Cornell Bhangra to unite community with ‘intoxicating joy’

When Amulya Puttaraju ’24 came to Cornell in 2020, she needed to restore her sense of hope.

Her senior year of high school had moved mostly online due to COVID, and a debut classical dance performance she had worked towards for years was cancelled.

She rediscovered her drive, and her joy, in Cornell Bhangra, a long-standing campus group that practices a modern take on a traditional Punjabi folk dance.

“The whole basis of Bhangra is to bring community together, to celebrate things like the harvest and to have fun, together. Bhangra literally means ‘intoxicated with joy,’” said Puttaraju, a student in the Cornell Nolan School of Hotel Administration, part of the Cornell SC Johnson College of Business, who serves as one of two team captains.

The Cornell Bhangra team rehearses in Barton Hall for the upcoming PAO Bhangra exhibition on March 16.

“It’s pushed me so much in terms of my personal growth,” Puttaraju said. “Having Bhangra and being able to apply myself in a different context has shown me that I’m capable of so much.”

Cornell Bhangra, founded in 1997, is one of the oldest and best collegiate Bhangra teams in the country, routinely competing and placing at nationals and performing at numerous local events and regional competitions throughout the year. In 2014, the team appeared on NBC’s “Today Show” and “America’s Got Talent,” and in November 2023, they were the first Bhangra team ever featured at the Macy’s Day Thanksgiving Parade.

The current team of 32 students will host its annual exhibition for the Cornell and Ithaca community, the 21st PAO Bhangra, on March 16 at 6:30 p.m. in Barton Hall. Historically, the event has drawn some of the largest audiences for Bhangra showcases in the country – it peaked at 2,600 people in 2009 and always draws more than 1,000 people, making it one of the most popular student-run events on campus. Five teams from other schools will join Cornell at this year’s event, with additional performances from a Cornell Bhangra alumni team and other campus dance groups.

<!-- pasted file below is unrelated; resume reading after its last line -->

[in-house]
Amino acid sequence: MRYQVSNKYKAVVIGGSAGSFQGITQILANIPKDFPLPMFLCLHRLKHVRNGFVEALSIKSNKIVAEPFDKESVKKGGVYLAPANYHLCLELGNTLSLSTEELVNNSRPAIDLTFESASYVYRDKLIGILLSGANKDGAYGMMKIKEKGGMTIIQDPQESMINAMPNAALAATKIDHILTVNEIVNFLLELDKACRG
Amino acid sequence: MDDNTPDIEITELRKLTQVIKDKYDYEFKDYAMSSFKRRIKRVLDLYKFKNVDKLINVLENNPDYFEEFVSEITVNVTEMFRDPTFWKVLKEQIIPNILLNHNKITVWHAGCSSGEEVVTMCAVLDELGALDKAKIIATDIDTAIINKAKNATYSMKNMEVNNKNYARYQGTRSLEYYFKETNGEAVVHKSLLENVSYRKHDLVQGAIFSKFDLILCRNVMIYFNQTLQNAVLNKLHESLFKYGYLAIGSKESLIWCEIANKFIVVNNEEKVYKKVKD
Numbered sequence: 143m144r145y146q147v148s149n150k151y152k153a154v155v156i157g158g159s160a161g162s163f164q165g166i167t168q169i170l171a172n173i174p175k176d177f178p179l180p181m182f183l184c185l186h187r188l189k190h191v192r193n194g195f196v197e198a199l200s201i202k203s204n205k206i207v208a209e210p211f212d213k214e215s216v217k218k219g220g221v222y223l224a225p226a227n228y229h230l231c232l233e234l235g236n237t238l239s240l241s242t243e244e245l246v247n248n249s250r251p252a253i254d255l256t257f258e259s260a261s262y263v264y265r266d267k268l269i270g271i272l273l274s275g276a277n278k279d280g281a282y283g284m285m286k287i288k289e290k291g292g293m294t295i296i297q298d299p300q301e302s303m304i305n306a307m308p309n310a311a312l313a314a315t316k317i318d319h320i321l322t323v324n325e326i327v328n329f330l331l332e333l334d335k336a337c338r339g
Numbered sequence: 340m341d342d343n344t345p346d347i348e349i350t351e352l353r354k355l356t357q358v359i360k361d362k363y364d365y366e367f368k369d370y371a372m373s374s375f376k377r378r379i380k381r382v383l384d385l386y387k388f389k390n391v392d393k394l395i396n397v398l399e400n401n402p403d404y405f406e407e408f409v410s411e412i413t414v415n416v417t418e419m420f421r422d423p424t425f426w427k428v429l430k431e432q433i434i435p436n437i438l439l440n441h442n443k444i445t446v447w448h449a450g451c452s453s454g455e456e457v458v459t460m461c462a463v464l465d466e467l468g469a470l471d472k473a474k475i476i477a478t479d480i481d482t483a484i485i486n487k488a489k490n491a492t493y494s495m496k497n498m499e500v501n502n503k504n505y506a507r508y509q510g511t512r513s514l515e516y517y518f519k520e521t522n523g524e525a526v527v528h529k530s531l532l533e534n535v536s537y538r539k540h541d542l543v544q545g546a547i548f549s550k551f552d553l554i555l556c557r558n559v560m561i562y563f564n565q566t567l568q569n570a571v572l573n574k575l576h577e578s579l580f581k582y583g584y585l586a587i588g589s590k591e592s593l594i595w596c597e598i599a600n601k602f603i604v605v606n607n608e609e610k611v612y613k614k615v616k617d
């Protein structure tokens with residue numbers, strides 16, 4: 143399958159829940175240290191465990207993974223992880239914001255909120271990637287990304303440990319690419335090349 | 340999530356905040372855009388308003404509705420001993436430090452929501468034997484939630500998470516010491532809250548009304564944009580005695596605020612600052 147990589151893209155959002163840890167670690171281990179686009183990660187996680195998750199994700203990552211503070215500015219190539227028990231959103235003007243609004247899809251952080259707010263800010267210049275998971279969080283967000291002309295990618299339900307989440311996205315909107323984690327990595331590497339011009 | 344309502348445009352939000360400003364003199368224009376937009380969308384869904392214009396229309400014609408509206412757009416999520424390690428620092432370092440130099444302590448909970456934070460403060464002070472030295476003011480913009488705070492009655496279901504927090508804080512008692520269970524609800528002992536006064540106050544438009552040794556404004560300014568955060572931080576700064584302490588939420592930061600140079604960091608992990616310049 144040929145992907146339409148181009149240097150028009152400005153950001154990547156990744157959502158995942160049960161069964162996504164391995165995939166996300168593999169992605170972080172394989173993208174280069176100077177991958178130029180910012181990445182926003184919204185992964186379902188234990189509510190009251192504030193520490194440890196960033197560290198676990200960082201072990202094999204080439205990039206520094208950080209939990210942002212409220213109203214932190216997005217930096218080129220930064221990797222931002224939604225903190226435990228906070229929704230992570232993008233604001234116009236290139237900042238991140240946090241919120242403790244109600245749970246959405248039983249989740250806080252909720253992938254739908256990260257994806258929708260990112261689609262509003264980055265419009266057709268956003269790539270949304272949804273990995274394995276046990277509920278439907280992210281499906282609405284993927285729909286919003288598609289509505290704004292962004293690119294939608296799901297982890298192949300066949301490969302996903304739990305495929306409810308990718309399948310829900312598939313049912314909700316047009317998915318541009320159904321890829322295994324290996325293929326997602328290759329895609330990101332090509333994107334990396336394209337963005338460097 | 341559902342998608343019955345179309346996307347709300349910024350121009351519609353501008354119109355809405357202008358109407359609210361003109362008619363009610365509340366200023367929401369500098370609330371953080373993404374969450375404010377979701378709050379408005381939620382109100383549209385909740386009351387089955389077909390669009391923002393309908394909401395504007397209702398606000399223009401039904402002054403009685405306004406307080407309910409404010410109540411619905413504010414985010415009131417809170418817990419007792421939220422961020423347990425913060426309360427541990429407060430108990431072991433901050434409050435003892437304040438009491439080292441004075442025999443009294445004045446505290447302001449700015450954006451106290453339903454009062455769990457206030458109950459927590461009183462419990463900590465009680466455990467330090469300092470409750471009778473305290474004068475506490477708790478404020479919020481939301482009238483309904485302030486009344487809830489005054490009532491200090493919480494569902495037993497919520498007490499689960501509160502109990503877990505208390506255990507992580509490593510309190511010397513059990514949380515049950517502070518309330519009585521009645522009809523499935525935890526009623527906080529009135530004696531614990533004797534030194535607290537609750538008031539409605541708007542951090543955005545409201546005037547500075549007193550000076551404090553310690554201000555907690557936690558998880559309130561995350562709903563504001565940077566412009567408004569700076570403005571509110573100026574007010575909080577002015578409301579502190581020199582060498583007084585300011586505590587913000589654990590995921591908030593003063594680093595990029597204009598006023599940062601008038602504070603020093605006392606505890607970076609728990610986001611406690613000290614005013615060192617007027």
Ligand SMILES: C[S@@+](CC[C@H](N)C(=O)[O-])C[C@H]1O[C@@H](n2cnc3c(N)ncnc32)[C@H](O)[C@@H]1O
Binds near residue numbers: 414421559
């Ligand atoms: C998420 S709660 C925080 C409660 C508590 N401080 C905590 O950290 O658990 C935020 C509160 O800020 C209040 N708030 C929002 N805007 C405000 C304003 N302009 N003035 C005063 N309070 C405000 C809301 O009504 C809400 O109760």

“Cornell Bhangra’s mission is to spread Punjabi culture and to do so as a family,” said Joshua Samuel ‘25, co-president of Cornell Bhangra and a student in the ILR School. “PAO really shows how fun, how energetic, how joyful, how colorful the culture is. It’s just a phenomenal time.”

Cornell’s team will use the event as a trial run for the national competition, the Bhangra Blowout, on April 13 in Washington, D.C.

“Usually our campus performances are much shorter and simpler, so I’m really excited to share what we’ve been working so hard on,” said Lavanya Pinnepalli ’23, a team captain who graduated in December.

The buoyancy and joyfulness of Bhangra, with colorfully clad dancers bounding and kicking – and always smiling – to a fusion of traditional Indian and pop music, can belie the work that goes into it. Students practice more than seven hours a week in three sessions, increasing to every day before a competition. For the Macy’s Day Parade, they added two 10-hour days and a 3 a.m. dress rehearsal the day of the parade. In addition to the time commitment, the dance requires physical stamina and precision.